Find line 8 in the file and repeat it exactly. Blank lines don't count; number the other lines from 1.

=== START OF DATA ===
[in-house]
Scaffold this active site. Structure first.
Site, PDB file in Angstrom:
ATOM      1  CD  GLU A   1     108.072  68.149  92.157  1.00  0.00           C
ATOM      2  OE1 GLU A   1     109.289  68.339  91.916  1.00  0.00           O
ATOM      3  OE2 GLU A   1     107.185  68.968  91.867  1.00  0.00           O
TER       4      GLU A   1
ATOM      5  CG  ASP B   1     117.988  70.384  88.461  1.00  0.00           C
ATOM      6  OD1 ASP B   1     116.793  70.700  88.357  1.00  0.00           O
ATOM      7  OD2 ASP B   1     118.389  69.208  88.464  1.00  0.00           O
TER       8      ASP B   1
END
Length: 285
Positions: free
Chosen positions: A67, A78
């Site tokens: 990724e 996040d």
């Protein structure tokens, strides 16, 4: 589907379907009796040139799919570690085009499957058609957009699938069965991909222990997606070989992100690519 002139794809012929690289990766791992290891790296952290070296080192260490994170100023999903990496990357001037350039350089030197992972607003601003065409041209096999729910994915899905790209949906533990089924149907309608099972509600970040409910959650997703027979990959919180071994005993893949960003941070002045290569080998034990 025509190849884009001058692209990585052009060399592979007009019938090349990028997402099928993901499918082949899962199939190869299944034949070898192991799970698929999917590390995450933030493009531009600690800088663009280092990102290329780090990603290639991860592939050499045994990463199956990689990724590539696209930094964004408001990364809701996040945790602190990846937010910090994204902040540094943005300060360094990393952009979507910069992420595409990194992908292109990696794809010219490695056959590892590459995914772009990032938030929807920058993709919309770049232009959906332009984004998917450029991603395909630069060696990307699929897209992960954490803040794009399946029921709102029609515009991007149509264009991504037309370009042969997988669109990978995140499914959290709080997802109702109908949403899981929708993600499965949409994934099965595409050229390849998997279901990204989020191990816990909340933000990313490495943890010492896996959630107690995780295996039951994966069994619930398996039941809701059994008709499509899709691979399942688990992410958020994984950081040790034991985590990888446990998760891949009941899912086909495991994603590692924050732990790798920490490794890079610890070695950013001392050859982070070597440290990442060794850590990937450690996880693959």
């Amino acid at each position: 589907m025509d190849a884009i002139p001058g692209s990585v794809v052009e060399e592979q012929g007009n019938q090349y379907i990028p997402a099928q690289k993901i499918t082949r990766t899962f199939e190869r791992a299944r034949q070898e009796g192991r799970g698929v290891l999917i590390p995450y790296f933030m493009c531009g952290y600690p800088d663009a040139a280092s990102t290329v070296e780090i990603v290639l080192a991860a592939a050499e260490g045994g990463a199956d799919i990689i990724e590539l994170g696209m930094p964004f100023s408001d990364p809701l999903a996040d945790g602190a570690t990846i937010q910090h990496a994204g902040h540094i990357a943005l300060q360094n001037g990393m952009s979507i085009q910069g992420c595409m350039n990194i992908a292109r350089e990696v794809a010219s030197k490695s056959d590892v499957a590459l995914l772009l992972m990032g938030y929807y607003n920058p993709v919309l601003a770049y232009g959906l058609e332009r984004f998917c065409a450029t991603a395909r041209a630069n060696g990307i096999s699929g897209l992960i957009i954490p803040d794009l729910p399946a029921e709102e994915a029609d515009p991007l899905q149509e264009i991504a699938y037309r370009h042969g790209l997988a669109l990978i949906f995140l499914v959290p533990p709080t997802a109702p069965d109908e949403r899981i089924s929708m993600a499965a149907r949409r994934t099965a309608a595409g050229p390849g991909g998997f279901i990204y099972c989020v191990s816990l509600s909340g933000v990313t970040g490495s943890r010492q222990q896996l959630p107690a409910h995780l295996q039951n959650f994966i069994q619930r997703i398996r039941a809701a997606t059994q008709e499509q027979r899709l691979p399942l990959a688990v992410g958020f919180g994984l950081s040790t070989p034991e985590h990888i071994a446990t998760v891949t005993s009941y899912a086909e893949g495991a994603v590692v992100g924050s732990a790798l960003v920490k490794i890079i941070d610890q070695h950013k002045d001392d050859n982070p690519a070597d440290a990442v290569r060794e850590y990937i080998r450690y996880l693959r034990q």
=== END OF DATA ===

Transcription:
ATOM      5  CG  ASP B   1     117.988  70.384  88.461  1.00  0.00           C